Abstract: In a case (n = 928)-control (n = 843) study of breast cancer in AA and EA women, we measured serum 25OHD levels in controls and tested associations between risk and tag single nucleotide polymorphisms (SNPs) in VDR, CYP24A1 and CYP27B1, particularly by ER status.More AAs had severe vitamin D deficiency (< 10 ng/ml) than EAs (34.3% vs 5.9%), with lowest levels among those with the highest African ancestry. Associations for SNPs differed by race. Among AAs, VDR SNP rs2239186, associated with higher serum levels of 25OHD, decreased risk after correction for multiple testing (OR = 0.53, 95% CI = 0.31-0.79, p by permutation = 0.03), but had no effect in EAs. The majority of associations were for ER-negative breast cancer, with seven differential associations between AA and EA women for CYP24A1 (p for interaction < 0.10). SNP rs27622941 was associated with a > twofold increased risk of ER-negative breast cancer among AAs (OR = 2.62, 95% CI = 1.38-4.98), but had no effect in EAs. rs2209314 decreased risk among EAs (OR = 0.38, 95% CI = 0.20-0.73), with no associations in AAs. The increased risk of ER-negative breast cancer in AAs compared to EAs was reduced and became non-significant (OR = 1.20, 95% CI = 0.80-1.79) after adjusting for these two CYP24A1 SNPs.These data suggest that genetic variants in the vitamin D pathway may be related to the higher prevalence of ER-negative breast cancer in AA women.American women of African ancestry (AA) are more likely to develop breast cancer at a younger age than those with European ancestry (EA) and are more likely to have tumors with aggressive characteristics, including high histological grade, negative estrogen receptor (ER) status, and basal-like - ER- and/or progesterone receptor (PR)-, HER2-, and cytokeratin 5/6+ and/or HER1+ -features [1,2]. The reasons for these racial disparities are unknown.It is clear that, among geographically diverse populations, certain genotypic and phenotypic characteristics may be selected for in res
Comparative survival analysis of breast cancer microarray studies identifies important prognostic genetic pathways
Jeffrey C Miecznikowski, Dan Wang, Song Liu, Lara Sucheston, David Gold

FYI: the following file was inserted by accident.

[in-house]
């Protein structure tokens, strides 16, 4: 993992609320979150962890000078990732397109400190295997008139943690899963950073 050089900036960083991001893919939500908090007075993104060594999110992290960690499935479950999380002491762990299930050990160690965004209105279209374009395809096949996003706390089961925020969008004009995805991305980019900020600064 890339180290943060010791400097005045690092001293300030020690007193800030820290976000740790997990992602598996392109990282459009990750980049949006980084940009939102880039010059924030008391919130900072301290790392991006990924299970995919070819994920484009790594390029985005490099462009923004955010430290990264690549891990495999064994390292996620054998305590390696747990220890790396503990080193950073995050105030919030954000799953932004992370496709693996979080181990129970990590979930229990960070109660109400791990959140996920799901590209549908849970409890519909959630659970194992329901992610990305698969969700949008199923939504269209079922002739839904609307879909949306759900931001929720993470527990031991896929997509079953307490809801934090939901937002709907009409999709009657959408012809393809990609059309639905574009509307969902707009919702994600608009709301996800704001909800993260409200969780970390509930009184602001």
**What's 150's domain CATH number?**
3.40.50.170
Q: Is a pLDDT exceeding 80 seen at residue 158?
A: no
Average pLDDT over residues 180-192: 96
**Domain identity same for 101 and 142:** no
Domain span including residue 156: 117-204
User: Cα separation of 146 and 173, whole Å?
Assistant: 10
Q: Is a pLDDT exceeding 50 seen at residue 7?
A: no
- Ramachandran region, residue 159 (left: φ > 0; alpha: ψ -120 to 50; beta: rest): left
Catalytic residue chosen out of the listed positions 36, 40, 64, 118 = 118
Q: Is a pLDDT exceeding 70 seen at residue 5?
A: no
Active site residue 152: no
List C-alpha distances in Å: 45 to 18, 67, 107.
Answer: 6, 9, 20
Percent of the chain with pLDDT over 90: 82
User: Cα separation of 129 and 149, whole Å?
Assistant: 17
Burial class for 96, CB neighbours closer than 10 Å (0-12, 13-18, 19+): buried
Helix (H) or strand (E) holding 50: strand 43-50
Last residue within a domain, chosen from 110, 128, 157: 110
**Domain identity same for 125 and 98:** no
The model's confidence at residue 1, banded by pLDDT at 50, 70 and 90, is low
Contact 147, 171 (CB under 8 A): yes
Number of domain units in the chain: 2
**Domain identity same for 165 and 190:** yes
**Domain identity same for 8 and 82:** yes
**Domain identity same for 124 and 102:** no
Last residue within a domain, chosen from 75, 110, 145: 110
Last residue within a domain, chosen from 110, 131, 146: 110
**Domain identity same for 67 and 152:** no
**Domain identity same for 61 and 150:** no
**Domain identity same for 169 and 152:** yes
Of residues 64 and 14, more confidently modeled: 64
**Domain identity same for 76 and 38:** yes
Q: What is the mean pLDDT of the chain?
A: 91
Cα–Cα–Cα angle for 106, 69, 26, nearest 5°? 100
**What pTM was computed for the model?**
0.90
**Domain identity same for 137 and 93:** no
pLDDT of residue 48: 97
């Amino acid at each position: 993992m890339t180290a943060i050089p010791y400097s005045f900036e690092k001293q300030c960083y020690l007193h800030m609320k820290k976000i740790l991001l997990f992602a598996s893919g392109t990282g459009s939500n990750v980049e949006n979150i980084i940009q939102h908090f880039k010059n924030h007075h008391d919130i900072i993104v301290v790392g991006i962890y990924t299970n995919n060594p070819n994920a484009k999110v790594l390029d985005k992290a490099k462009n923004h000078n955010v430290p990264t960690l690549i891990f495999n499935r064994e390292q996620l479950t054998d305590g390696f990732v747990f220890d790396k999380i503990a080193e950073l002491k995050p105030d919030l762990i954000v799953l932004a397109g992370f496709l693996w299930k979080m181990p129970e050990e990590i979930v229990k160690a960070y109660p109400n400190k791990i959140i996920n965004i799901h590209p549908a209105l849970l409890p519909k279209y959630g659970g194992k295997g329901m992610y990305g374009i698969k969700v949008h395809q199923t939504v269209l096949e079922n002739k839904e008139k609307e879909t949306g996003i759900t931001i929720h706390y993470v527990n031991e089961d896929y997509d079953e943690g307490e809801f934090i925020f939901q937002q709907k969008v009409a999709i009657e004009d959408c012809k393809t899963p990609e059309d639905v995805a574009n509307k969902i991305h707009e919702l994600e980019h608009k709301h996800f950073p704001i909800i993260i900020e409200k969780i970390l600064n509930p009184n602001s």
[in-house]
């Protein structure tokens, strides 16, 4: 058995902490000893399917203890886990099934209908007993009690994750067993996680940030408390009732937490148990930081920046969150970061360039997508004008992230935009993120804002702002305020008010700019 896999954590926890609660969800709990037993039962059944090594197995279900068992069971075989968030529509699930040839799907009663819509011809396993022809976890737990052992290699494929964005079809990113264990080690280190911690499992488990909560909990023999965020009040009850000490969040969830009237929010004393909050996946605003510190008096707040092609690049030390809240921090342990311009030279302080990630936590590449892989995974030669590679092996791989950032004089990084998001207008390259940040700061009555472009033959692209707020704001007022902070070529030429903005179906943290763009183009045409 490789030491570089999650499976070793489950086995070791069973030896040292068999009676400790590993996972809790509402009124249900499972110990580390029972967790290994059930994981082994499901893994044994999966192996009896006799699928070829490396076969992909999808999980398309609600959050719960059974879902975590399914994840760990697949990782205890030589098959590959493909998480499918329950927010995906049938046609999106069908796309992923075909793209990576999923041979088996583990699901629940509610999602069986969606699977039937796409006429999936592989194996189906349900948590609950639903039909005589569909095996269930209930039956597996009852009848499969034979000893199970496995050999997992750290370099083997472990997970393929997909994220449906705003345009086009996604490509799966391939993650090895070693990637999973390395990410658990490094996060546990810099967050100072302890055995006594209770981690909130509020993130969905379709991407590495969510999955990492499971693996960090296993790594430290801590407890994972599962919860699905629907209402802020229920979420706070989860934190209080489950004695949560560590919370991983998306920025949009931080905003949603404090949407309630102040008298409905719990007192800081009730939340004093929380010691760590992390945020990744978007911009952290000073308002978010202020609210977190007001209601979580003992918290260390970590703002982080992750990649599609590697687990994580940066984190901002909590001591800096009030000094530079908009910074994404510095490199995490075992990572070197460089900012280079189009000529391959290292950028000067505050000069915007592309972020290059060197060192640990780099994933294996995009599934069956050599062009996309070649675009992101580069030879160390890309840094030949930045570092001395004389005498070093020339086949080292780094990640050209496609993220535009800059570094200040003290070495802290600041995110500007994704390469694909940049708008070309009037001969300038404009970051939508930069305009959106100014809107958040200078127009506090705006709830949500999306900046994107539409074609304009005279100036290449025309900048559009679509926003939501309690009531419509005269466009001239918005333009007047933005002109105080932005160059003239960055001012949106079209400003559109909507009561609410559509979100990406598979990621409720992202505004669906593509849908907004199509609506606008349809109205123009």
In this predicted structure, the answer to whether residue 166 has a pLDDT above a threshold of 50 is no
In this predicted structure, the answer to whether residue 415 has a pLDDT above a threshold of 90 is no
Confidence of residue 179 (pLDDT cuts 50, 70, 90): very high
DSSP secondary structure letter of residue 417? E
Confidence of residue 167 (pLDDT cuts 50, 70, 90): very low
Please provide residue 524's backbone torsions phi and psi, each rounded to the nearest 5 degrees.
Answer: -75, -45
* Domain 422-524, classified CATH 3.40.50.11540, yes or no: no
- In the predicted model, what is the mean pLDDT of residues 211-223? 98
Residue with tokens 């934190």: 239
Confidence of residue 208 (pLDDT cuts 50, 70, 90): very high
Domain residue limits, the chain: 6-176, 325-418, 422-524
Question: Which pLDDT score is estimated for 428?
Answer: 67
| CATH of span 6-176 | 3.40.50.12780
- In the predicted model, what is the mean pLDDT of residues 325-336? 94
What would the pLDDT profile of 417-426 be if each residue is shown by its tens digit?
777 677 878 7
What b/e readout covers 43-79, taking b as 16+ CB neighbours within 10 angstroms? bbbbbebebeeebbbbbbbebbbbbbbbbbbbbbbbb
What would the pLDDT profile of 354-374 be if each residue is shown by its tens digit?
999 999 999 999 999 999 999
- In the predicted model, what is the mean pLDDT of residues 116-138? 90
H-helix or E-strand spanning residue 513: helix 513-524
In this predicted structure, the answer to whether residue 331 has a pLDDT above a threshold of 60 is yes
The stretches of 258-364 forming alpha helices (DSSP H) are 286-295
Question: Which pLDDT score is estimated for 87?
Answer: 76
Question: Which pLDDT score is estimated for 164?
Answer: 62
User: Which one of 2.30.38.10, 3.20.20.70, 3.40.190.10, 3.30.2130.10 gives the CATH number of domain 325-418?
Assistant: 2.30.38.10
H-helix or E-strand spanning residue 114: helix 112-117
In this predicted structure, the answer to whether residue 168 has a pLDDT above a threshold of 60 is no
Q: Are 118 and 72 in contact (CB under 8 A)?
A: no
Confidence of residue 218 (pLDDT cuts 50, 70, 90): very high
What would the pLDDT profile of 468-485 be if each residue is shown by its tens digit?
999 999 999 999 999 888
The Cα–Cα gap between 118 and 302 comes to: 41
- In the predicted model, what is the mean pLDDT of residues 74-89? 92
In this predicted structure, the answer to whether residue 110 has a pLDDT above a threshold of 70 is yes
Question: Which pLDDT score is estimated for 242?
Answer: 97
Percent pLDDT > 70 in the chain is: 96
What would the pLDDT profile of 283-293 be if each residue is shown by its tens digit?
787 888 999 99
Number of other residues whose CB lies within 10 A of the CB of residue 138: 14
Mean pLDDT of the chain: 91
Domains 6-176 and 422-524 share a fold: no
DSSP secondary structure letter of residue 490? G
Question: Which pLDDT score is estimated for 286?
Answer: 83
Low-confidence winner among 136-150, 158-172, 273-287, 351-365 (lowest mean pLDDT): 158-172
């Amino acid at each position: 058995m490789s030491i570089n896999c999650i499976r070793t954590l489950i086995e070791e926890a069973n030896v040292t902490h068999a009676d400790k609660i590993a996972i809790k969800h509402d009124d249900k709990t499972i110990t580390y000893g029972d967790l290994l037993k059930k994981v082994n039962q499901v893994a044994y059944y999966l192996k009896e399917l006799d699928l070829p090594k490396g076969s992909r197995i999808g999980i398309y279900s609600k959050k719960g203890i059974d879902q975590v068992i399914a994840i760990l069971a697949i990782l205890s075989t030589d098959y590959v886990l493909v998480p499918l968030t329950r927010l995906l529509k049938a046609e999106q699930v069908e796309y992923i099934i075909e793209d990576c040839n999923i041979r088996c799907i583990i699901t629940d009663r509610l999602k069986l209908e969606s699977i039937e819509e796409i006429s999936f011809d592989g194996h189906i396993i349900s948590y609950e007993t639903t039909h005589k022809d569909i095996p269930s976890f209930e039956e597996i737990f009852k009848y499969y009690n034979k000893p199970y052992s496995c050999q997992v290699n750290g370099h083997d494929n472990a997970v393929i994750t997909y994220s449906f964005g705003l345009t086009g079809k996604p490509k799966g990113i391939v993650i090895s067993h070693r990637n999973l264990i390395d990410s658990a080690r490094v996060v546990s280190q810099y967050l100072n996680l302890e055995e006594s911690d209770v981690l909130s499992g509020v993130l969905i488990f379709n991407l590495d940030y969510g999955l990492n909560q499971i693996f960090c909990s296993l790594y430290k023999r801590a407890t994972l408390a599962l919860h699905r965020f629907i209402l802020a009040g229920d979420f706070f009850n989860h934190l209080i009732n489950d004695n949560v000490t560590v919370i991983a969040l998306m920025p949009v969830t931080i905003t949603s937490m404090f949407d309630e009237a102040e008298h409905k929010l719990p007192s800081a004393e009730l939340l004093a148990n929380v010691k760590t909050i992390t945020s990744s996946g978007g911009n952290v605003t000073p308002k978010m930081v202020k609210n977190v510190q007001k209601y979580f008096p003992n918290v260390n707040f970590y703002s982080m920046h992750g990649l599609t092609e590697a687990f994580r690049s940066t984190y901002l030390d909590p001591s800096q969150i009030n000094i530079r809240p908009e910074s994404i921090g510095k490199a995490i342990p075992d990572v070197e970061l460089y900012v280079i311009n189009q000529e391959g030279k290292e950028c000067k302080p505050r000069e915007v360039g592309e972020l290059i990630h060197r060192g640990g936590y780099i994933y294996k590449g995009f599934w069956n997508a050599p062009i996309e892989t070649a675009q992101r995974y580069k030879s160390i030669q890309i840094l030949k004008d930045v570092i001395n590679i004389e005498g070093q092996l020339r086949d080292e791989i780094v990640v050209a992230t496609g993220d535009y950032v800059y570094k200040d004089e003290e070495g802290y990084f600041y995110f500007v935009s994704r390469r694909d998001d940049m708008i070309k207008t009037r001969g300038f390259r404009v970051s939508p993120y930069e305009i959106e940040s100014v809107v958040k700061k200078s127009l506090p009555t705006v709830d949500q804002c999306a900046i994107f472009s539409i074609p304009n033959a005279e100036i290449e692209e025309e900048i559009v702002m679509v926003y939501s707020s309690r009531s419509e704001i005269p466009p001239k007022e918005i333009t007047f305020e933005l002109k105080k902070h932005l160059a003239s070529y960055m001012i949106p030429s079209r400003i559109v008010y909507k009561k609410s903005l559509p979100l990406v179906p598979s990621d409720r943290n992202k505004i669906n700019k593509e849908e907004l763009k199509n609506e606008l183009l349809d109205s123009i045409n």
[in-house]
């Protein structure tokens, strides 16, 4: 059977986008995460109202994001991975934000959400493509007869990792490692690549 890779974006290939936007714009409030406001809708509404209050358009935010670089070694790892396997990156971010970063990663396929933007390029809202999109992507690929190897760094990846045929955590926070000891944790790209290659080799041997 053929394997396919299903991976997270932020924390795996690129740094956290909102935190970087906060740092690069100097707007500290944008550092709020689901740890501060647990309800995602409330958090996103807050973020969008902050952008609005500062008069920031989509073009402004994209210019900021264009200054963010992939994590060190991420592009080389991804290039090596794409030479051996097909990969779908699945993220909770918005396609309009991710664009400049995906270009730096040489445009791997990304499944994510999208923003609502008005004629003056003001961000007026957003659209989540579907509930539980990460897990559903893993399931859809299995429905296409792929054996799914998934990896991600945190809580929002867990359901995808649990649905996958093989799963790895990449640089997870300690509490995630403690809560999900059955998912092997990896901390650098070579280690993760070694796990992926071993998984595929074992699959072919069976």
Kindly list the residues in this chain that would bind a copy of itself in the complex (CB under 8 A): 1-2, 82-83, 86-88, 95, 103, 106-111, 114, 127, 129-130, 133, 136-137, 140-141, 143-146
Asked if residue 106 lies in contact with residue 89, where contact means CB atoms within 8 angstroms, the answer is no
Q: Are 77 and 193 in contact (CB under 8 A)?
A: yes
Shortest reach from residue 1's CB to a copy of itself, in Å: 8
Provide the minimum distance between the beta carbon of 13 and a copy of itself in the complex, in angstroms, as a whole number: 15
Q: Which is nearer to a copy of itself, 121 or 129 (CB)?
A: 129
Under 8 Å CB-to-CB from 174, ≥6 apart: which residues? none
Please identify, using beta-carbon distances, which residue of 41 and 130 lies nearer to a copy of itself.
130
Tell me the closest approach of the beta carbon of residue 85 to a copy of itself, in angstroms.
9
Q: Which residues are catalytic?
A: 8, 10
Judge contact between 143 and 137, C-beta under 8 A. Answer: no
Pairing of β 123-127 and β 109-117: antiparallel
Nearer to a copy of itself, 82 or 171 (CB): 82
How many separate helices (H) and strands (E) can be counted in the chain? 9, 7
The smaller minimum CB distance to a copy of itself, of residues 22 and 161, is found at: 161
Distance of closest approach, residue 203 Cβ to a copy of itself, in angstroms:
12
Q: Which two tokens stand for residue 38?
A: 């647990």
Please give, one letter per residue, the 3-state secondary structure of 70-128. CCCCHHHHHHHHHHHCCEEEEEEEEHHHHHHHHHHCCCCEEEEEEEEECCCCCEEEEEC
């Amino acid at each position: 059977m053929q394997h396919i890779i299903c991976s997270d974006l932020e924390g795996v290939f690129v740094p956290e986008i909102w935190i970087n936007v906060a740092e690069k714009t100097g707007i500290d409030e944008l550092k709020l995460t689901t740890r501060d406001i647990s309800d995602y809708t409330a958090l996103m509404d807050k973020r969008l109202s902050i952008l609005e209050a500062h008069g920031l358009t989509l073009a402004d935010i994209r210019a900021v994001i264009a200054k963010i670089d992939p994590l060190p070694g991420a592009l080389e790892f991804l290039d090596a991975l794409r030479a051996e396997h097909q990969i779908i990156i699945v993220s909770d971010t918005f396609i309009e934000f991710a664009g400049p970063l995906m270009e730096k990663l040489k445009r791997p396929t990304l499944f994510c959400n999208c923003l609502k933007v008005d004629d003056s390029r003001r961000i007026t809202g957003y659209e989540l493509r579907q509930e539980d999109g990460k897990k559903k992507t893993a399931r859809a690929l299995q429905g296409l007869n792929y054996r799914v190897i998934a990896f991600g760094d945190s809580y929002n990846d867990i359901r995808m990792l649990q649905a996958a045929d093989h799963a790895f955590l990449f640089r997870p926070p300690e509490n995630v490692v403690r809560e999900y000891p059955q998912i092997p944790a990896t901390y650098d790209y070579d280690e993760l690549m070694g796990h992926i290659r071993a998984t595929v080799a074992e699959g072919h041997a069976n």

BMC Cancer , 2010, DOI: 10.1186/1471-2407-10-573
Abstract: Five microarray datasets related to breast cancer were examined using gene set analysis and the cancers were categorized into different subtypes using a scoring system based on genetic pathway activity.We have observed that significant genes in the individual studies show little reproducibility across the datasets. From our comparative analysis, using gene pathways with clinical variables is more reliable across studies and shows promise in assessing a patient's prognosis.This study concludes that, in light of clinical variables, there are significant gene pathways in common across the datasets. Specifically, several pathways can further significantly stratify patients for survival. These candidate pathways should help to develop a panel of significant biomarkers for the prognosis of breast cancer patients in a clinical setting.Developing genomic based biomarkers for breast cancer prognosis is an active research area with clinicians and researchers considering genomic expression data as a potential valuable source of information to be mined for such markers. In addition to considering the BRCA mutation status of a patient, three genetic markers, estrogen receptors (ER) [1], progesterone receptors (PR) [2], and the HER2/neu receptor (HER2) [3] are commonly used for assessing prognosis and/or assigning treatment. More recently TGF- has also been considered as a potential prognosis biomarker [4].One of the biggest challenges in developing valid prognostic genomic based biomarkers for breast cancer is obtaining large enough datasets with sufficient patient follow-up time [5,6]. To address this, we employ a comparative analysis approach. In a comparative analysis, several datasets gathered to test related hypotheses are combined to obtain more powerful estimates for a common hypothesis. We combine five genomic studies examining prognosis in breast cancer patients to assess the ability of the genetic biomarkers to stratify or distinguish patient survival. Datasets under c